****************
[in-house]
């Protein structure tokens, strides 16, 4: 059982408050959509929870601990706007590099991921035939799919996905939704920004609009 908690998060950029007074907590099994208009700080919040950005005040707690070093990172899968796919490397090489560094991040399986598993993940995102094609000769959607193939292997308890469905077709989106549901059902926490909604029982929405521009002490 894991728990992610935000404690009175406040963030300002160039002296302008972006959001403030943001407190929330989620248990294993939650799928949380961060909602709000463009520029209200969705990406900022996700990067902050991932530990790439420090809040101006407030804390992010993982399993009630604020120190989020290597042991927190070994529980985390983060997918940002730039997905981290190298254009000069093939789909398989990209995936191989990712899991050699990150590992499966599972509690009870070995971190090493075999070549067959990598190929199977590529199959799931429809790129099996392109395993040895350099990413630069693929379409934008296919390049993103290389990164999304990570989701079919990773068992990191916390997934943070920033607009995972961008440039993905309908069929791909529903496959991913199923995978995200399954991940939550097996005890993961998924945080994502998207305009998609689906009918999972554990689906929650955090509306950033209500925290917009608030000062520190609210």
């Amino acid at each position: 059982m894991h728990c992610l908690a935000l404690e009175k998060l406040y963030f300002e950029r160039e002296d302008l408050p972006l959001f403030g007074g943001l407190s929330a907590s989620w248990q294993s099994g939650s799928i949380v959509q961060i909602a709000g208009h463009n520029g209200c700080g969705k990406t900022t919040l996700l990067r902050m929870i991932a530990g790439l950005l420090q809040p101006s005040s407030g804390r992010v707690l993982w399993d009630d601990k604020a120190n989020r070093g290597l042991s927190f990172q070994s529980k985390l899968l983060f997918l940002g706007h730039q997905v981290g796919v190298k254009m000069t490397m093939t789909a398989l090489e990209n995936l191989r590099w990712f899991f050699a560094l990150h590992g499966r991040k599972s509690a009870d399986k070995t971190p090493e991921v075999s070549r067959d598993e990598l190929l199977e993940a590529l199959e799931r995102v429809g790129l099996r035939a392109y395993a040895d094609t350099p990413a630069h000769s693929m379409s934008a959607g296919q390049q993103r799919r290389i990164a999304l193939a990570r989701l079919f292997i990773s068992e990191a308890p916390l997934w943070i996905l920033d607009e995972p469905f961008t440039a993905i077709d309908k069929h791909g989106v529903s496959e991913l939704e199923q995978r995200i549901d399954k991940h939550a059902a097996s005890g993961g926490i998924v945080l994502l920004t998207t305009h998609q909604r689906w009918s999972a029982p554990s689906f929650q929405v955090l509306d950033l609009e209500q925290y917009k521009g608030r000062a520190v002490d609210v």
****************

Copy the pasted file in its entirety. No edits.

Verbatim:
[in-house]
């Protein structure tokens, strides 16, 4: 059982408050959509929870601990706007590099991921035939799919996905939704920004609009 908690998060950029007074907590099994208009700080919040950005005040707690070093990172899968796919490397090489560094991040399986598993993940995102094609000769959607193939292997308890469905077709989106549901059902926490909604029982929405521009002490 894991728990992610935000404690009175406040963030300002160039002296302008972006959001403030943001407190929330989620248990294993939650799928949380961060909602709000463009520029209200969705990406900022996700990067902050991932530990790439420090809040101006407030804390992010993982399993009630604020120190989020290597042991927190070994529980985390983060997918940002730039997905981290190298254009000069093939789909398989990209995936191989990712899991050699990150590992499966599972509690009870070995971190090493075999070549067959990598190929199977590529199959799931429809790129099996392109395993040895350099990413630069693929379409934008296919390049993103290389990164999304990570989701079919990773068992990191916390997934943070920033607009995972961008440039993905309908069929791909529903496959991913199923995978995200399954991940939550097996005890993961998924945080994502998207305009998609689906009918999972554990689906929650955090509306950033209500925290917009608030000062520190609210």
């Amino acid at each position: 059982m894991h728990c992610l908690a935000l404690e009175k998060l406040y963030f300002e950029r160039e002296d302008l408050p972006l959001f403030g007074g943001l407190s929330a907590s989620w248990q294993s099994g939650s799928i949380v959509q961060i909602a709000g208009h463009n520029g209200c700080g969705k990406t900022t919040l996700l990067r902050m929870i991932a530990g790439l950005l420090q809040p101006s005040s407030g804390r992010v707690l993982w399993d009630d601990k604020a120190n989020r070093g290597l042991s927190f990172q070994s529980k985390l899968l983060f997918l940002g706007h730039q997905v981290g796919v190298k254009m000069t490397m093939t789909a398989l090489e990209n995936l191989r590099w990712f899991f050699a560094l990150h590992g499966r991040k599972s509690a009870d399986k070995t971190p090493e991921v075999s070549r067959d598993e990598l190929l199977e993940a590529l199959e799931r995102v429809g790129l099996r035939a392109y395993a040895d094609t350099p990413a630069h000769s693929m379409s934008a959607g296919q390049q993103r799919r290389i990164a999304l193939a990570r989701l079919f292997i990773s068992e990191a308890p916390l997934w943070i996905l920033d607009e995972p469905f961008t440039a993905i077709d309908k069929h791909g989106v529903s496959e991913l939704e199923q995978r995200i549901d399954k991940h939550a059902a097996s005890g993961g926490i998924v945080l994502l920004t998207t305009h998609q909604r689906w009918s999972a029982p554990s689906f929650q929405v955090l509306d950033l609009e209500q925290y917009k521009g608030r000062a520190v002490d609210v």